"Our greatest responsibility is to be good ancestors."

-Jonas Salk

Sunday, February 17, 2008

Global View on Food Security

A pretty rushed article on WIRED points to an address to AAAS by Per Pinstrup-Andersen of Cornell. It's hard to get the gist of the talk from the report, but P-A himself looks like a good source.

According to the report he does not believe organic agriculture suffices.


Dano said...

His research showed that organic ag was labor-intensive, which it is. As humans have forgotten about crop rotation and...um...colocation of plants and animals (hence my bringing up Polyface Farms before), we cannot eliminate this labor-intensity (out of ignorance, not capacity). Anyway,

His team concluded that in sub-Saharan Africa, AIDS and globalization made organic a poor choice.

The issue here is, to me, lack of imagination and urbanzation. We can fix the problem, we know how, but will we?

"Mother earth: we could have saved it but we were too damn cheap and lazy."

Caveat: I live on the Colo Front Range, and I'm starting cool-season seeds next weekend to plant out starting March 15th.

Ask me how, as I'm working on my methods so I can semi-retire in ~10 years to teach people how to grow food cheaply in their subdivision. Gas oughta be expensive enough to keep me busy enough by then.



Michael Tobis said...

Labor intensive is not a showstopper by any means. Animal intensive though... hmmm....

Exactly how much biomass in animals does it take to support a unit of biomass in humans? It seems to me like you have *more* mouths to feed that way. Um, so how does that work?

Again, I'm not arguing that you shouldn't do this. My tentative belief is that it's a luxury, not a scalable model. I have nothing against luxuries.

If I'm wrong, show me global biogeochemical arguments, not local economic ones.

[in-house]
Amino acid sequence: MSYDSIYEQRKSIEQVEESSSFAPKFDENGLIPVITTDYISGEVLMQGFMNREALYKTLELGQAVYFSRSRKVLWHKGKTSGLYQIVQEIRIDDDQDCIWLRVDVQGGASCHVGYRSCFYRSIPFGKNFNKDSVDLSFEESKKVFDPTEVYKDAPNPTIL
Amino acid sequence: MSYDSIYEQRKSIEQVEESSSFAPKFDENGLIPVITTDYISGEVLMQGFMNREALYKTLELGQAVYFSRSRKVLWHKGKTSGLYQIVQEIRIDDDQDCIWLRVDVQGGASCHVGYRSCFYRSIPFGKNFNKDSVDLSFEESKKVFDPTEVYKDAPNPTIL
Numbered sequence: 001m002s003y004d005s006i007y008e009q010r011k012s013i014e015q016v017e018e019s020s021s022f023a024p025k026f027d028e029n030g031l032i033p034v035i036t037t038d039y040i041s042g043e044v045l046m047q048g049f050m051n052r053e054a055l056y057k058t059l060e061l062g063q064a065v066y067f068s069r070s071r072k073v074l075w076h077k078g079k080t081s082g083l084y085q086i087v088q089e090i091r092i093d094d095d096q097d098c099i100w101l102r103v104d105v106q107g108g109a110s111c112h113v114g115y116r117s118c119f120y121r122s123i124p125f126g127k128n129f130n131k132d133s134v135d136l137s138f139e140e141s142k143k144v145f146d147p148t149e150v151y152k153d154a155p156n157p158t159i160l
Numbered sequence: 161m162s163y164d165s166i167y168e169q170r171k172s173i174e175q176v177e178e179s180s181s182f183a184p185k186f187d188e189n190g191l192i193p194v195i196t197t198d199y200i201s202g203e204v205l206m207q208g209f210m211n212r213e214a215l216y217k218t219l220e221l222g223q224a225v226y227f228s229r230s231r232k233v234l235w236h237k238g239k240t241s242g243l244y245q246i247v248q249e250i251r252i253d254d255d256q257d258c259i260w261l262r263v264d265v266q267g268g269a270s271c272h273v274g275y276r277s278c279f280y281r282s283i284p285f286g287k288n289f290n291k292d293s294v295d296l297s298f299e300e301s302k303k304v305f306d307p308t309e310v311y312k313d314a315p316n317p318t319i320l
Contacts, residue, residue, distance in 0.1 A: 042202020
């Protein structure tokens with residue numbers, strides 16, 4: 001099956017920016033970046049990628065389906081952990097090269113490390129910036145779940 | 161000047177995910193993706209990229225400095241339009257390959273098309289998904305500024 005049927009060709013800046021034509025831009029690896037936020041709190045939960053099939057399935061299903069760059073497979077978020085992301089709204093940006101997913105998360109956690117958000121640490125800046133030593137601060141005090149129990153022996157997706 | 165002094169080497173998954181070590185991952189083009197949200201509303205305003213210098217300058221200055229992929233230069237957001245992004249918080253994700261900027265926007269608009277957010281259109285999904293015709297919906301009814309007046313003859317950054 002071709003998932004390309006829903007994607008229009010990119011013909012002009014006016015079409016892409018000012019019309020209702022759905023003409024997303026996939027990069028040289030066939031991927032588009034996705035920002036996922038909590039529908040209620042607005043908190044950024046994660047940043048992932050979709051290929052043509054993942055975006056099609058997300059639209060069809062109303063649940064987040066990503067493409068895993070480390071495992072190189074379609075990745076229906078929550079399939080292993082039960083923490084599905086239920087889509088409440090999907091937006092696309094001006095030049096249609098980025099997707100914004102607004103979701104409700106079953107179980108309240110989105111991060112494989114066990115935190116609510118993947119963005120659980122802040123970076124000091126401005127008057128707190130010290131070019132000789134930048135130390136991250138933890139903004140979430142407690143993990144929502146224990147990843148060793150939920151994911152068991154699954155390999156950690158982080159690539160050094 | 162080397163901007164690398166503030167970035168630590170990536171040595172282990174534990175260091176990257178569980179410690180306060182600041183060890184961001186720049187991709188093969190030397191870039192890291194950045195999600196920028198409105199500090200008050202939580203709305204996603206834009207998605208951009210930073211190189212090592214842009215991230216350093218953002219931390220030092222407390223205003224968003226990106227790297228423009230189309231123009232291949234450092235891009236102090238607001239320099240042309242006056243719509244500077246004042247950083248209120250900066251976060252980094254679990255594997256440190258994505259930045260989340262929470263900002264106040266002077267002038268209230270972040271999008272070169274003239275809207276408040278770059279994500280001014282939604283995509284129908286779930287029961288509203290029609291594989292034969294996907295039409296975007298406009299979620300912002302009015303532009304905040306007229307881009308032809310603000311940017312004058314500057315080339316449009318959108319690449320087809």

Admittedly I haven;t seen anything convincing recently from either side. I'm basing my beliefs on an article in Scientific American from a long time ago. Maybe I'm wrong but I need to see somebody do numbers.

It seems to me that, stipulating clean energy, agriculture based on animals has more impact than agriculture based on machines. Machines don't compete with humans for nutrients and fresh water.

Dano said...

I wrote a paper some years ago in AgEcon where I calculated the EROEI on five daily food items (before it was called EROEI). I'll see if I still have it somewhere after many moves. The conclusion was that organic was way cheaper big picture-wise than industrial ag., as the organic caloric inputs were far less per caloric output.

That is: the chief virtue of organic is the inputs are solar and not petrochemical. Now, I'm not arguing whether we can feed 6.5B souls on organic, especially if wealth continues to increase and we increase our meat consumption, as meat (beef) needs 10K litres of water for 1kg of output.

I'm arguing that organic is "sustainable", and when the Oil Drum folks are crowing about being right and society has to decide from which sector to eliminate petrochemicals (food, material, transportation), shifting to organic will be a great place for a soft landing (IOW: will we eliminate fertilizer or nylon or easy automobility).

I'm not convinced industrial ag can feed 9B people with our impending water problems, so there's no way I'm convinced organic can do it. But as society bumbles away from cheap petrochemical energy, we will have a way to feed the slowly dwindling number of humans - a way that worked for the 9000 years prior to the 1960s.